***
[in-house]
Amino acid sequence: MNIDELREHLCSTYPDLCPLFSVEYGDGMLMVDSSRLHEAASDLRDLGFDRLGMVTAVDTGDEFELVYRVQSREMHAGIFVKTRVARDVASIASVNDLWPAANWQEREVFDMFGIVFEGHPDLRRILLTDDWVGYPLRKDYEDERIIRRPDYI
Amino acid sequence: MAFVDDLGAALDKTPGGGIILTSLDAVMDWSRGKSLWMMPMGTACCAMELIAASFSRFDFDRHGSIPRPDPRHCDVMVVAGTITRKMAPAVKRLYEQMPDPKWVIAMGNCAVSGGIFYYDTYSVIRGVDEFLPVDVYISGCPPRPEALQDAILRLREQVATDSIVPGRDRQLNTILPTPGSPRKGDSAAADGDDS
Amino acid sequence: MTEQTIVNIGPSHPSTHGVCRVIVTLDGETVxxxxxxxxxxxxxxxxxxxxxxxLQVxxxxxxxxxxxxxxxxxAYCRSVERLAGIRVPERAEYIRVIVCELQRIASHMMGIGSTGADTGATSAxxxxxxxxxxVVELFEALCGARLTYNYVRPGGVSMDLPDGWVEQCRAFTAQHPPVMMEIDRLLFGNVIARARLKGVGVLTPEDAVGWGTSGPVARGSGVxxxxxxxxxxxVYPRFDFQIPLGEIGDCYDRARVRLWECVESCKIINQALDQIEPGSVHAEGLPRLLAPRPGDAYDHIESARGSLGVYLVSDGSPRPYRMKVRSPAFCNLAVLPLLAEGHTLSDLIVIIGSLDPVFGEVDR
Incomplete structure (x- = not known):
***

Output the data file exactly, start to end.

[in-house]
Amino acid sequence: MNIDELREHLCSTYPDLCPLFSVEYGDGMLMVDSSRLHEAASDLRDLGFDRLGMVTAVDTGDEFELVYRVQSREMHAGIFVKTRVARDVASIASVNDLWPAANWQEREVFDMFGIVFEGHPDLRRILLTDDWVGYPLRKDYEDERIIRRPDYI
Amino acid sequence: MAFVDDLGAALDKTPGGGIILTSLDAVMDWSRGKSLWMMPMGTACCAMELIAASFSRFDFDRHGSIPRPDPRHCDVMVVAGTITRKMAPAVKRLYEQMPDPKWVIAMGNCAVSGGIFYYDTYSVIRGVDEFLPVDVYISGCPPRPEALQDAILRLREQVATDSIVPGRDRQLNTILPTPGSPRKGDSAAADGDDS
Amino acid sequence: MTEQTIVNIGPSHPSTHGVCRVIVTLDGETVxxxxxxxxxxxxxxxxxxxxxxxLQVxxxxxxxxxxxxxxxxxAYCRSVERLAGIRVPERAEYIRVIVCELQRIASHMMGIGSTGADTGATSAxxxxxxxxxxVVELFEALCGARLTYNYVRPGGVSMDLPDGWVEQCRAFTAQHPPVMMEIDRLLFGNVIARARLKGVGVLTPEDAVGWGTSGPVARGSGVxxxxxxxxxxxVYPRFDFQIPLGEIGDCYDRARVRLWECVESCKIINQALDQIEPGSVHAEGLPRLLAPRPGDAYDHIESARGSLGVYLVSDGSPRPYRMKVRSPAFCNLAVLPLLAEGHTLSDLIVIIGSLDPVFGEVDR
Incomplete structure (x- = not known):